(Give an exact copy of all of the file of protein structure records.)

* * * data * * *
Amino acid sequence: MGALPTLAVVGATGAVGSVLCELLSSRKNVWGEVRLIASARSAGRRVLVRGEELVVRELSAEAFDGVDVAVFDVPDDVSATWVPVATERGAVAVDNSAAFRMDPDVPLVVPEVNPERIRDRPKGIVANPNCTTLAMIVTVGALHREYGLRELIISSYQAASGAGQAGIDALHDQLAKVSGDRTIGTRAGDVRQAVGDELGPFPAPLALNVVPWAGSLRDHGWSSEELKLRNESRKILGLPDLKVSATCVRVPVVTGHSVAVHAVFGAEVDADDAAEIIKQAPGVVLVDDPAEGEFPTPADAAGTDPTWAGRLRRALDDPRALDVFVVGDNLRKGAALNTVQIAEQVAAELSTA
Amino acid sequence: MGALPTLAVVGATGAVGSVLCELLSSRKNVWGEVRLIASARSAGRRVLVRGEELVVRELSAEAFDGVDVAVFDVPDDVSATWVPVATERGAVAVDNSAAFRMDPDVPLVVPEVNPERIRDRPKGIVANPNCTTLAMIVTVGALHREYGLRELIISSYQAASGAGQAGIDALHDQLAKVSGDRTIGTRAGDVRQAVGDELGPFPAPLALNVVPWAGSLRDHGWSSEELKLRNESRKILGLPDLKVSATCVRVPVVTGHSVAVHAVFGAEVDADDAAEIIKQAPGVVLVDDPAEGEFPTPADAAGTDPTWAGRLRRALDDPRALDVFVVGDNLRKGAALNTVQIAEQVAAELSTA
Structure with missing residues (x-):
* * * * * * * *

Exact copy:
Amino acid sequence: MGALPTLAVVGATGAVGSVLCELLSSRKNVWGEVRLIASARSAGRRVLVRGEELVVRELSAEAFDGVDVAVFDVPDDVSATWVPVATERGAVAVDNSAAFRMDPDVPLVVPEVNPERIRDRPKGIVANPNCTTLAMIVTVGALHREYGLRELIISSYQAASGAGQAGIDALHDQLAKVSGDRTIGTRAGDVRQAVGDELGPFPAPLALNVVPWAGSLRDHGWSSEELKLRNESRKILGLPDLKVSATCVRVPVVTGHSVAVHAVFGAEVDADDAAEIIKQAPGVVLVDDPAEGEFPTPADAAGTDPTWAGRLRRALDDPRALDVFVVGDNLRKGAALNTVQIAEQVAAELSTA
Amino acid sequence: MGALPTLAVVGATGAVGSVLCELLSSRKNVWGEVRLIASARSAGRRVLVRGEELVVRELSAEAFDGVDVAVFDVPDDVSATWVPVATERGAVAVDNSAAFRMDPDVPLVVPEVNPERIRDRPKGIVANPNCTTLAMIVTVGALHREYGLRELIISSYQAASGAGQAGIDALHDQLAKVSGDRTIGTRAGDVRQAVGDELGPFPAPLALNVVPWAGSLRDHGWSSEELKLRNESRKILGLPDLKVSATCVRVPVVTGHSVAVHAVFGAEVDADDAAEIIKQAPGVVLVDDPAEGEFPTPADAAGTDPTWAGRLRRALDDPRALDVFVVGDNLRKGAALNTVQIAEQVAAELSTA
Structure with missing residues (x-):